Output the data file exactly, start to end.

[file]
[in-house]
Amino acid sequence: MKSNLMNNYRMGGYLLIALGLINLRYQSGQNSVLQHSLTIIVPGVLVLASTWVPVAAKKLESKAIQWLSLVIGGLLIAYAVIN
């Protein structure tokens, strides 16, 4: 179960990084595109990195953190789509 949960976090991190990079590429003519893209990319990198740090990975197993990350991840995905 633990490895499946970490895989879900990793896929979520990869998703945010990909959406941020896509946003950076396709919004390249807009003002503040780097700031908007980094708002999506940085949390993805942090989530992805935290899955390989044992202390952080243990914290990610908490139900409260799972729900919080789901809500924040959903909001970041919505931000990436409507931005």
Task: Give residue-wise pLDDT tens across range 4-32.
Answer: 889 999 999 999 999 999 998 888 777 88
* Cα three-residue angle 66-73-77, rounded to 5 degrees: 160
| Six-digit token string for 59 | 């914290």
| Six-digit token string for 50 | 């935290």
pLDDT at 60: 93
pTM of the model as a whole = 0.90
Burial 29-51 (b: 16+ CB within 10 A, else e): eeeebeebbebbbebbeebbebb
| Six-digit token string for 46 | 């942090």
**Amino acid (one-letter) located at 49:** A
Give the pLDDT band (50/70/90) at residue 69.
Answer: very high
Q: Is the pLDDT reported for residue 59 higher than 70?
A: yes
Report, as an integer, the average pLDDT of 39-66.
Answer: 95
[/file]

[in-house]
Amino acid sequence: MKSNLMNNYRMGGYLLIALGLINLRYQSGQNSVLQHSLTIIVPGVLVLASTWVPVAAKKLESKAIQWLSLVIGGLLIAYAVIN
């Protein structure tokens, strides 16, 4: 179960990084595109990195953190789509 949960976090991190990079590429003519893209990319990198740090990975197993990350991840995905 633990490895499946970490895989879900990793896929979520990869998703945010990909959406941020896509946003950076396709919004390249807009003002503040780097700031908007980094708002999506940085949390993805942090989530992805935290899955390989044992202390952080243990914290990610908490139900409260799972729900919080789901809500924040959903909001970041919505931000990436409507931005």
Task: Give residue-wise pLDDT tens across range 4-32.
Answer: 889 999 999 999 999 999 998 888 777 88
* Cα three-residue angle 66-73-77, rounded to 5 degrees: 160
| Six-digit token string for 59 | 């914290």
| Six-digit token string for 50 | 């935290």
pLDDT at 60: 93
pTM of the model as a whole = 0.90
Burial 29-51 (b: 16+ CB within 10 A, else e): eeeebeebbebbbebbeebbebb
| Six-digit token string for 46 | 């942090």
**Amino acid (one-letter) located at 49:** A
Give the pLDDT band (50/70/90) at residue 69.
Answer: very high
Q: Is the pLDDT reported for residue 59 higher than 70?
A: yes
Report, as an integer, the average pLDDT of 39-66.
Answer: 95